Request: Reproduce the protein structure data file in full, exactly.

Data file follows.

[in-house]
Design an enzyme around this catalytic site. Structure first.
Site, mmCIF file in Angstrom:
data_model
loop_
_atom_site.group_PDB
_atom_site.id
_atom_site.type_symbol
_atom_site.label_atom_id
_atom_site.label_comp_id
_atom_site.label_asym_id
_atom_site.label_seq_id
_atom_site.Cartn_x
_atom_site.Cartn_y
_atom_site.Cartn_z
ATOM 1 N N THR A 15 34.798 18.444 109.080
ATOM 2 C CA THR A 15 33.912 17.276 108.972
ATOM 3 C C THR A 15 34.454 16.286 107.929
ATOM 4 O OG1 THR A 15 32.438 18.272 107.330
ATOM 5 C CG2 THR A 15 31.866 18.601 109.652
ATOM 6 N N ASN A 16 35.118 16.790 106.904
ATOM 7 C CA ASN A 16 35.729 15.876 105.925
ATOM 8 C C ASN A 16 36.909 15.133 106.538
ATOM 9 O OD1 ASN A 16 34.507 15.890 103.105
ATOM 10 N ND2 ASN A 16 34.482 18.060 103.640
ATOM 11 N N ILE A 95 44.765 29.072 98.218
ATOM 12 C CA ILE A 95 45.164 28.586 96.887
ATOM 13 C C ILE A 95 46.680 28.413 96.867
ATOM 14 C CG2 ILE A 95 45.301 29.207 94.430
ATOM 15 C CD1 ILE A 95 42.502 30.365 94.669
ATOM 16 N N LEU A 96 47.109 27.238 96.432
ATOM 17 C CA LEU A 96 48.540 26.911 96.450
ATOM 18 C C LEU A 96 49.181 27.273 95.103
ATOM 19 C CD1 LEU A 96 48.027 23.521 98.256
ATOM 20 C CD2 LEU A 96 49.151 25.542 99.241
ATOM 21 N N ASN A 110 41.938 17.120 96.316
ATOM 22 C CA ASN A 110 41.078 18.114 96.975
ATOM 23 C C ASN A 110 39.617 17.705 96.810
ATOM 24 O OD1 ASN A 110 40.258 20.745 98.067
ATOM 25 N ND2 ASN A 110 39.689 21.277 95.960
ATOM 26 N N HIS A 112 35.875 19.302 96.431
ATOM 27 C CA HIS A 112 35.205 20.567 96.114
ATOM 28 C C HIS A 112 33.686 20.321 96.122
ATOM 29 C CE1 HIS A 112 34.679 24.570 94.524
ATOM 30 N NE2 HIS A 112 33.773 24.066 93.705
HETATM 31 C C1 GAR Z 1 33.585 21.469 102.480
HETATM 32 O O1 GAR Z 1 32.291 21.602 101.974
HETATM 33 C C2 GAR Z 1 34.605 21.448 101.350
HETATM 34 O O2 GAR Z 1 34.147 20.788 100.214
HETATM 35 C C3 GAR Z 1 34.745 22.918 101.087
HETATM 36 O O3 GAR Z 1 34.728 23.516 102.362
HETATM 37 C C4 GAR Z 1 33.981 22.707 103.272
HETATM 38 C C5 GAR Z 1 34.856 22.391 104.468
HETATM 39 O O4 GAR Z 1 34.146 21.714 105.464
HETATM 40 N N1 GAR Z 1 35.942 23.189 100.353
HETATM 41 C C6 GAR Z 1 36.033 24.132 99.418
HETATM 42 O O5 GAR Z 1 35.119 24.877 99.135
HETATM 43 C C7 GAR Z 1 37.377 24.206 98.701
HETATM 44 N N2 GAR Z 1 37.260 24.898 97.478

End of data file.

[in-house]
Design an enzyme around this catalytic site. Structure first.
Site, mmCIF file in Angstrom:
data_model
loop_
_atom_site.group_PDB
_atom_site.id
_atom_site.type_symbol
_atom_site.label_atom_id
_atom_site.label_comp_id
_atom_site.label_asym_id
_atom_site.label_seq_id
_atom_site.Cartn_x
_atom_site.Cartn_y
_atom_site.Cartn_z
ATOM 1 N N THR A 15 34.798 18.444 109.080
ATOM 2 C CA THR A 15 33.912 17.276 108.972
ATOM 3 C C THR A 15 34.454 16.286 107.929
ATOM 4 O OG1 THR A 15 32.438 18.272 107.330
ATOM 5 C CG2 THR A 15 31.866 18.601 109.652
ATOM 6 N N ASN A 16 35.118 16.790 106.904
ATOM 7 C CA ASN A 16 35.729 15.876 105.925
ATOM 8 C C ASN A 16 36.909 15.133 106.538
ATOM 9 O OD1 ASN A 16 34.507 15.890 103.105
ATOM 10 N ND2 ASN A 16 34.482 18.060 103.640
ATOM 11 N N ILE A 95 44.765 29.072 98.218
ATOM 12 C CA ILE A 95 45.164 28.586 96.887
ATOM 13 C C ILE A 95 46.680 28.413 96.867
ATOM 14 C CG2 ILE A 95 45.301 29.207 94.430
ATOM 15 C CD1 ILE A 95 42.502 30.365 94.669
ATOM 16 N N LEU A 96 47.109 27.238 96.432
ATOM 17 C CA LEU A 96 48.540 26.911 96.450
ATOM 18 C C LEU A 96 49.181 27.273 95.103
ATOM 19 C CD1 LEU A 96 48.027 23.521 98.256
ATOM 20 C CD2 LEU A 96 49.151 25.542 99.241
ATOM 21 N N ASN A 110 41.938 17.120 96.316
ATOM 22 C CA ASN A 110 41.078 18.114 96.975
ATOM 23 C C ASN A 110 39.617 17.705 96.810
ATOM 24 O OD1 ASN A 110 40.258 20.745 98.067
ATOM 25 N ND2 ASN A 110 39.689 21.277 95.960
ATOM 26 N N HIS A 112 35.875 19.302 96.431
ATOM 27 C CA HIS A 112 35.205 20.567 96.114
ATOM 28 C C HIS A 112 33.686 20.321 96.122
ATOM 29 C CE1 HIS A 112 34.679 24.570 94.524
ATOM 30 N NE2 HIS A 112 33.773 24.066 93.705
HETATM 31 C C1 GAR Z 1 33.585 21.469 102.480
HETATM 32 O O1 GAR Z 1 32.291 21.602 101.974
HETATM 33 C C2 GAR Z 1 34.605 21.448 101.350
HETATM 34 O O2 GAR Z 1 34.147 20.788 100.214
HETATM 35 C C3 GAR Z 1 34.745 22.918 101.087
HETATM 36 O O3 GAR Z 1 34.728 23.516 102.362
HETATM 37 C C4 GAR Z 1 33.981 22.707 103.272
HETATM 38 C C5 GAR Z 1 34.856 22.391 104.468
HETATM 39 O O4 GAR Z 1 34.146 21.714 105.464
HETATM 40 N N1 GAR Z 1 35.942 23.189 100.353
HETATM 41 C C6 GAR Z 1 36.033 24.132 99.418
HETATM 42 O O5 GAR Z 1 35.119 24.877 99.135
HETATM 43 C C7 GAR Z 1 37.377 24.206 98.701
HETATM 44 N N2 GAR Z 1 37.260 24.898 97.478